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Lesson Plan

8 Grade Civics: Protecting the Rights of the Accused


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SOLs:
CE.10 The student will demonstrate knowledge of the judicial systems established by the
Constitution of Virginia and the Constitution of the United States by
d) explaining how due process protections seek to ensure justice.
Essential Questions:
How do the due process protections ensure justice?
Essential Understanding/Knowledge:
The right to due process of law is outlined in the 5th and 14th Amendments to the Constitution of
the United States of America.
Due process of law is the constitutional protection against unfair governmental actions and laws
Due process protections:
The 5th Amendment prohibits the national government from acting in an unfair manner
The 14th Amendment prohibits state and local governments from acting in an unfair manner
The Supreme Court has extended the guarantees of the Bill of Rights, based upon the due
process clause.
Learning Targets:
I can explain the significance of landmark Supreme Court cases.
I can explain the role of the Bill of Rights in protecting the rights of the accused.
I can explain how due process protections seek to ensure equal treatment under the law.
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Morning Procedures:
1. Greet students at the door and ask them to go directly to their seats to start working on the
daily review question. Todays question: What is the difference between a civil and a
criminal case? What is the difference between a felony and a mistometer? Provide an
example of each.
2. Go over the warm up question together as a class, pull sticks with the student names on it
to ensure that all students are prepared to answer. Resolve any questions that arise.
3. Go over the worksheet they had for homework the previous night. Pull sticks with the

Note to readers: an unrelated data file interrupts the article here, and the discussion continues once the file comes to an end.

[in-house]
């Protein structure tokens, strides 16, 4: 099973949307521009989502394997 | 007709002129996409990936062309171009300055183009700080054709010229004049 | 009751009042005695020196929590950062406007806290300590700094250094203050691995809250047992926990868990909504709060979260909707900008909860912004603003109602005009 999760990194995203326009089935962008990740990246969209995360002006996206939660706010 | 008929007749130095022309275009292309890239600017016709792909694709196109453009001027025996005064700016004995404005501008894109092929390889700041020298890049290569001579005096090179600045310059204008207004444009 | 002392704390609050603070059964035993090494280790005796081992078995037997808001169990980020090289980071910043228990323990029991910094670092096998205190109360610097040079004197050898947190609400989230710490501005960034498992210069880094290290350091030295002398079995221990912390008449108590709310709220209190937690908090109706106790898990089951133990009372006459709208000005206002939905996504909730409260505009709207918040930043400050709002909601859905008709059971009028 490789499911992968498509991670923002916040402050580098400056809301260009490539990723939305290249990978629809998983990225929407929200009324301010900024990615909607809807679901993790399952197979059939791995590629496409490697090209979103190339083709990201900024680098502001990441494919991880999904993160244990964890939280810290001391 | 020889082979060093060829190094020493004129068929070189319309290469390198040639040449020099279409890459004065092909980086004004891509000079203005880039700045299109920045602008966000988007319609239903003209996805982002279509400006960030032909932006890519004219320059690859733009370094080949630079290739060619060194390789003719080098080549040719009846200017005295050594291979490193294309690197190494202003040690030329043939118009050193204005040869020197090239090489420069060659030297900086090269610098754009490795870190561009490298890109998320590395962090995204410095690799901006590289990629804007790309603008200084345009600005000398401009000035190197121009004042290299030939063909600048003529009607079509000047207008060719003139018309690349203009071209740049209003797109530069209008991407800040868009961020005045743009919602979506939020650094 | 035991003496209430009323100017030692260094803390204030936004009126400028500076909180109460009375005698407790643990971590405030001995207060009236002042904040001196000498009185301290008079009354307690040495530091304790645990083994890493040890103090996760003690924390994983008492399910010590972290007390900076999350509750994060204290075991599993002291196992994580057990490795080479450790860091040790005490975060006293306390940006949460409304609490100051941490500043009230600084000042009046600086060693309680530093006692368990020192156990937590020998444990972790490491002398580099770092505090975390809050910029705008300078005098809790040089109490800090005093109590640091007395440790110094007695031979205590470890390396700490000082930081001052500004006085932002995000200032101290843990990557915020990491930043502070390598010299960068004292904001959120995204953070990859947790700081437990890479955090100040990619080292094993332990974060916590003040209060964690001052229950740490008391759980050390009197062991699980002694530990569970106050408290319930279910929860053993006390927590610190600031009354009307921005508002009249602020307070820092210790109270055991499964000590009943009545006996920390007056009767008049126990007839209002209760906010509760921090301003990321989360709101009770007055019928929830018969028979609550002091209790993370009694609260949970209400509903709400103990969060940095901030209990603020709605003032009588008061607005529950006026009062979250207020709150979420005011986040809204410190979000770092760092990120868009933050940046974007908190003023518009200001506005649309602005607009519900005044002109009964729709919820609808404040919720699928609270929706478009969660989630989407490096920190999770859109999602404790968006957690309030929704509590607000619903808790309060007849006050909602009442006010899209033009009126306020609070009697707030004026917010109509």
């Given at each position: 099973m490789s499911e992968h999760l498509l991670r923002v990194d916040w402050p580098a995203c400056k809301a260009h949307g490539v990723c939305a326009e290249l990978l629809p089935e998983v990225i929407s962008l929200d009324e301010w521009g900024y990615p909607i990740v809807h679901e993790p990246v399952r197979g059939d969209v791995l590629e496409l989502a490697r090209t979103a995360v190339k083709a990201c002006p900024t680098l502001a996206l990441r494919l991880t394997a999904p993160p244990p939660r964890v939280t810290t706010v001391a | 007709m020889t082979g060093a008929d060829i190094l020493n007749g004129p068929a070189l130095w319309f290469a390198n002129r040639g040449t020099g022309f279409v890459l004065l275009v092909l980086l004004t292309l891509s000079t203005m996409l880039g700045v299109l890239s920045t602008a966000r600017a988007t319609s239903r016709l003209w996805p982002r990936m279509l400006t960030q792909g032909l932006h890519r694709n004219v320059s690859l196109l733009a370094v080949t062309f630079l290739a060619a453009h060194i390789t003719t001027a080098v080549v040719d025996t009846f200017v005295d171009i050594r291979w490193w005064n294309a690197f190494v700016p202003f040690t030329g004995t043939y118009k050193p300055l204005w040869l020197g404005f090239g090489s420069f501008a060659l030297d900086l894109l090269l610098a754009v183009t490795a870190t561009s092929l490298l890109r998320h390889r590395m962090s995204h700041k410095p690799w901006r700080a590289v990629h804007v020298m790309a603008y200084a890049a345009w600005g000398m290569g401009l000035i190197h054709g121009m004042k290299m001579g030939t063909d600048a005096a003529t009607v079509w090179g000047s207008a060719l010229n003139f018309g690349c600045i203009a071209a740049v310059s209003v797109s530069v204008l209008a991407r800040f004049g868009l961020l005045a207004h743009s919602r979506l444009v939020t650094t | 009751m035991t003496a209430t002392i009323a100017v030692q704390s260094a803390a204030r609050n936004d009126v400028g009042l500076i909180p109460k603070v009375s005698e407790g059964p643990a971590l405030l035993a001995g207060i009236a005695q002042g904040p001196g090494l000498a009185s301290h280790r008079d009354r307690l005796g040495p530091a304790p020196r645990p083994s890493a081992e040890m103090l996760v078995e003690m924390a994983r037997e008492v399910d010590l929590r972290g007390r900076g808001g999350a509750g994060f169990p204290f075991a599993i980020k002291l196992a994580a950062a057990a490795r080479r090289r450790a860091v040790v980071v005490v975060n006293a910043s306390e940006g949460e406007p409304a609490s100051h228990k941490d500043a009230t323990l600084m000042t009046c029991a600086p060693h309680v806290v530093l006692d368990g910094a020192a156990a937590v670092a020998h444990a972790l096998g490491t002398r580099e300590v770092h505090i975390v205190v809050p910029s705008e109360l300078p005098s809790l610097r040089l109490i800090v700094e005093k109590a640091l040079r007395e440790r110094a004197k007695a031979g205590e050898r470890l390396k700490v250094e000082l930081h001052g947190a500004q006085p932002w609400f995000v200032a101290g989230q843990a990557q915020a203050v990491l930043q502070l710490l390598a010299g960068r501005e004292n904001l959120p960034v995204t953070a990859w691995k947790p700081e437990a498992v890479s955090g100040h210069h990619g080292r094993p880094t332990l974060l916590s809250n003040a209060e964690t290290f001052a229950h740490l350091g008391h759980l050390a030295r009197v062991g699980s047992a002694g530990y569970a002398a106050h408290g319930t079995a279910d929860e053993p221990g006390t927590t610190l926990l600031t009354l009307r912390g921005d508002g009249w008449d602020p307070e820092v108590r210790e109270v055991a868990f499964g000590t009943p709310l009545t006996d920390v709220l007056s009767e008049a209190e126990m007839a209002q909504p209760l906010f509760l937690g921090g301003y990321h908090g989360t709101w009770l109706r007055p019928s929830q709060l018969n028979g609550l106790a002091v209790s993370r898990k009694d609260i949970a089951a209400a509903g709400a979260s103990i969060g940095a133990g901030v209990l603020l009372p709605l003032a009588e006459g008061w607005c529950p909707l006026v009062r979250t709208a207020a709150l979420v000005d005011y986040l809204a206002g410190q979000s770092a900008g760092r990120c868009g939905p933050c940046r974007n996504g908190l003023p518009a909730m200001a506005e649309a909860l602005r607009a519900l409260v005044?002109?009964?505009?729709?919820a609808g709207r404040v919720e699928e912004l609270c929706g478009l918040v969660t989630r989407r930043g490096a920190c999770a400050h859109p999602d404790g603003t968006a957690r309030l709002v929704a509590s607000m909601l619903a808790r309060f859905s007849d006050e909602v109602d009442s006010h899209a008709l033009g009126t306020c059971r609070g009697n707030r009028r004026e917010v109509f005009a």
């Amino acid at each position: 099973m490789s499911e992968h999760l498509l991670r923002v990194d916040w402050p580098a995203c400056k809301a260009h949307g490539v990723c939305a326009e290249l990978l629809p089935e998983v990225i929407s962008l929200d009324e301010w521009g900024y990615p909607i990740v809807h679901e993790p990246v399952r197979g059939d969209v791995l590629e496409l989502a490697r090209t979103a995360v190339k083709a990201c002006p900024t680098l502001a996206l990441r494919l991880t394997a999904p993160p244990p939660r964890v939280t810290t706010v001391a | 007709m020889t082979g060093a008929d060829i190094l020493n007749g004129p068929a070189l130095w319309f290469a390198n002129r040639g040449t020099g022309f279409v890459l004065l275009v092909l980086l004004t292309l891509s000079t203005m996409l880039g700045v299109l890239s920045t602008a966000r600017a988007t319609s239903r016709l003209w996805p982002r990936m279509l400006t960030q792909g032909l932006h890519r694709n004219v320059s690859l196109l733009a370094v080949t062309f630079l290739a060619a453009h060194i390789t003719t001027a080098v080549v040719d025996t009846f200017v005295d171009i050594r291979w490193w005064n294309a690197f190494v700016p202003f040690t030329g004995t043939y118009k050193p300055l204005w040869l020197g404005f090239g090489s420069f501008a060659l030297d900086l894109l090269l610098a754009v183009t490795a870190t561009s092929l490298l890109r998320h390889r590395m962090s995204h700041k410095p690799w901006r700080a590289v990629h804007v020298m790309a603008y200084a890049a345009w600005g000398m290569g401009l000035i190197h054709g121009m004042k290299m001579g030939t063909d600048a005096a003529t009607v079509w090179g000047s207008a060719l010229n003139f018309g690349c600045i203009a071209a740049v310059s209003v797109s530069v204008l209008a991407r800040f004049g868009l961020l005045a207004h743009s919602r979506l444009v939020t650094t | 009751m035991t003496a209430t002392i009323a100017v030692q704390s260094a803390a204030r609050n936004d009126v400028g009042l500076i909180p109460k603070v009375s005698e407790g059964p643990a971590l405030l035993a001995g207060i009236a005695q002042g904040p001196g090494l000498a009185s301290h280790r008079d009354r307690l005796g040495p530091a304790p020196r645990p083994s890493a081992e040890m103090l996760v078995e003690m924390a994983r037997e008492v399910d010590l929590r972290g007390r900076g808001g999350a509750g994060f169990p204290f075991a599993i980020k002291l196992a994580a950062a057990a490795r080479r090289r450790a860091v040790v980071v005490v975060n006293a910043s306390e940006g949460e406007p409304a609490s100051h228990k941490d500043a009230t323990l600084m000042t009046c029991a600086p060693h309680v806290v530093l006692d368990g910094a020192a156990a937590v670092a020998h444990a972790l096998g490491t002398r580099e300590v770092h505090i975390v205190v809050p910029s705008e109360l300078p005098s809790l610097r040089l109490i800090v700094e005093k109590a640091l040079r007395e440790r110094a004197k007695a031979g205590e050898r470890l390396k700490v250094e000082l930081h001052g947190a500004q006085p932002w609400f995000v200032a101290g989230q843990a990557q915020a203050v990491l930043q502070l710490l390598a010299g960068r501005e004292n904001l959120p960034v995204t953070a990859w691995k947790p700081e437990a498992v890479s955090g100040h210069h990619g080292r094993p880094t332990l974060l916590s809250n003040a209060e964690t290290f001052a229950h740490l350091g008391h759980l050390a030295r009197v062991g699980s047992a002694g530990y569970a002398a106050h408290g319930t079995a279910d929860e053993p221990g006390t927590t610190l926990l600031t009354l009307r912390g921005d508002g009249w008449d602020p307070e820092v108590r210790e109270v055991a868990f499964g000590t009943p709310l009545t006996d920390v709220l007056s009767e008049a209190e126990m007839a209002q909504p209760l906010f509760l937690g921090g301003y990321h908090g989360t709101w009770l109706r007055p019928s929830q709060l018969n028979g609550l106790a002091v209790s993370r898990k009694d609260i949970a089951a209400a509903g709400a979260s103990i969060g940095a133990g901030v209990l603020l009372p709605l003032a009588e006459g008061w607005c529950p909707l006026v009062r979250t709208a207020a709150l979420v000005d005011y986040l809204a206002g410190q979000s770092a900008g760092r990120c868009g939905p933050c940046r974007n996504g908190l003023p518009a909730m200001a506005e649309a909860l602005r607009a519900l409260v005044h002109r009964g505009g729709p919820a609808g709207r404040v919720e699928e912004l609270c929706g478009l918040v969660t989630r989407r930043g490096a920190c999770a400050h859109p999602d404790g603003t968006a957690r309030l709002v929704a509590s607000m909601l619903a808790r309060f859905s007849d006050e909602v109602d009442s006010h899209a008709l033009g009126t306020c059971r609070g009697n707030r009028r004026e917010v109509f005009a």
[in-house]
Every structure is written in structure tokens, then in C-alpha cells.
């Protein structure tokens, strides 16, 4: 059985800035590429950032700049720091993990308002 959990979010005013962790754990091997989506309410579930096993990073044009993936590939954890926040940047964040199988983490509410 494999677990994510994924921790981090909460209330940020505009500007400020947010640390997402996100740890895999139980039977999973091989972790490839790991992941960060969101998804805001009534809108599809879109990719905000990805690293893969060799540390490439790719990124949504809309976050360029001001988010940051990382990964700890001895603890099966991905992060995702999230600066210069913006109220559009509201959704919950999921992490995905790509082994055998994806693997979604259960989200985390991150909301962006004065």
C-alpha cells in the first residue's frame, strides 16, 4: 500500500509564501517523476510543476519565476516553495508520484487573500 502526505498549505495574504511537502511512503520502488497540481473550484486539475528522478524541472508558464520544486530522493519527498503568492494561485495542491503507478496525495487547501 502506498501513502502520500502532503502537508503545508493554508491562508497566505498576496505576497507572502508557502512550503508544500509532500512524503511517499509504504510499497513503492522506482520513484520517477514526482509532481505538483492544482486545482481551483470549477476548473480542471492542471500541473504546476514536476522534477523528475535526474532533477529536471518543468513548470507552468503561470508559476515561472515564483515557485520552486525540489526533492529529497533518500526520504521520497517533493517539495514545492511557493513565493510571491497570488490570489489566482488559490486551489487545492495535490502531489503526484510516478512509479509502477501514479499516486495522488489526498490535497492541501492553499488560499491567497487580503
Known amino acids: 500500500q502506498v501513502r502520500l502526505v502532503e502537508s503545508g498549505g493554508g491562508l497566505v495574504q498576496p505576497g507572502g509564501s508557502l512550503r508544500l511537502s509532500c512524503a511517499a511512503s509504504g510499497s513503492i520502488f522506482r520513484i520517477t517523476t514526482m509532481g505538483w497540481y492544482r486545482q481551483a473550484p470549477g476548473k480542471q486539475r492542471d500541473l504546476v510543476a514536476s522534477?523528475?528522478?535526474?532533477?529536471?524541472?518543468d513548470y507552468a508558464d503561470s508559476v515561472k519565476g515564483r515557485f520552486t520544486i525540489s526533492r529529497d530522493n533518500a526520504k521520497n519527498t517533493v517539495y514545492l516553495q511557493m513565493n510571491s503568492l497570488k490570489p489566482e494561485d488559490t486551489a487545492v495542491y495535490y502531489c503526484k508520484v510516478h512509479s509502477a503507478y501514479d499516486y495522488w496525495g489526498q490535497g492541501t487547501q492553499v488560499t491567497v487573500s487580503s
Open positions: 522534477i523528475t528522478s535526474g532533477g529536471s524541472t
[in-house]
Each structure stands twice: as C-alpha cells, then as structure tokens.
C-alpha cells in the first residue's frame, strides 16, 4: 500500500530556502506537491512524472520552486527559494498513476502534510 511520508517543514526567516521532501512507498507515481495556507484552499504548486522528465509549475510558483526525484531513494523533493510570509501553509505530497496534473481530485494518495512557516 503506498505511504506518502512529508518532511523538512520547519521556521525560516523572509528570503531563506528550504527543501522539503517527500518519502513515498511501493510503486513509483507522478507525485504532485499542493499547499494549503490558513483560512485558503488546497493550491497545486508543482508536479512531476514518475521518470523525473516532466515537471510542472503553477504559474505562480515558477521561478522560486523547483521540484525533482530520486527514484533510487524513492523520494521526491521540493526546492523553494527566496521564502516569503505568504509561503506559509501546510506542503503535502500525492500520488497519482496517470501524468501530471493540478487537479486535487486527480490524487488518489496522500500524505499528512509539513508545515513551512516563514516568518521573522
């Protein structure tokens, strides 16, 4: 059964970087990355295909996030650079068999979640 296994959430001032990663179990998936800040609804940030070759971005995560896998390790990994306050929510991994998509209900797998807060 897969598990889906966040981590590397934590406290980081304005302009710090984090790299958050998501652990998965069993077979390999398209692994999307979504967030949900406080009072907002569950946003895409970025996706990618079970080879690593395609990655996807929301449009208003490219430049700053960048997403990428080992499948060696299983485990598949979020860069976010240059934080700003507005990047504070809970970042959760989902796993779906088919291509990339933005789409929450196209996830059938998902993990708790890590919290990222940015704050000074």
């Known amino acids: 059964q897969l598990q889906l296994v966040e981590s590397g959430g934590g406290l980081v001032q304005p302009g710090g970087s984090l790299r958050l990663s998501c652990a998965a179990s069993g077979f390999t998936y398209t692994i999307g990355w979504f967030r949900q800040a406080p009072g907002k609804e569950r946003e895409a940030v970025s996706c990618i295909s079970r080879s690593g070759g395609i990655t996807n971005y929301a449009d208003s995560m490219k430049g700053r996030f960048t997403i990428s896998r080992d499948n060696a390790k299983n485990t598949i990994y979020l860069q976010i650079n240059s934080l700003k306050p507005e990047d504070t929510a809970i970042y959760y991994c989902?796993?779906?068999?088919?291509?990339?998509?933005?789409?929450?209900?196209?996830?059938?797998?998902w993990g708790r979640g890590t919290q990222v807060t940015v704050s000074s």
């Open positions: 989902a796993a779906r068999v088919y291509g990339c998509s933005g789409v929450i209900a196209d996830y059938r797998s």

student names on it to determine who answers. Resolve any questions that arise.
4. Pull up Powerpoint that outlines the importance of the Rights of the Accused and pass out
a guided notes sheet for the students to follow along with and write down notes as
needed.
5. After going over all of the rights that an accused person has in a criminal trial, show the
PBS video clip about the Miranda trial which led to the creation of Miranda rights. On
the provided note sheet will be some video comprehension questions for them to answer
afterwards.
6. Go over each of the Miranda rights one by one and have the students discuss its
importance and then share out to the whole class.
7. After discussing the implications of the trial, break the students into groups of 3-4 for the
next activity. Different clips will be shown from famous movies and TV shows detailing
a situation when one or more of the rights of the accused are not provided. After the clip
is shown, the students will work together to figure out which of the rights was not
provided and then write out an explanation as to why that particular right is important.
This will go on for about five short clips until the activity is done.
8. Wrap up with questions. Open up the floor to the students to clarify anything that is being
misunderstood.
9. Exit ticket: check the students understanding of the Rights of the Accused by passing out
a half sheet of paper with questions about the U.S vs. Miranda trial and the Rights of the
Accused.

10. After the students leave, read over the exit tickets and see which questions they are
missing. Make these questions the warm up for the following class to reinforce the
information.

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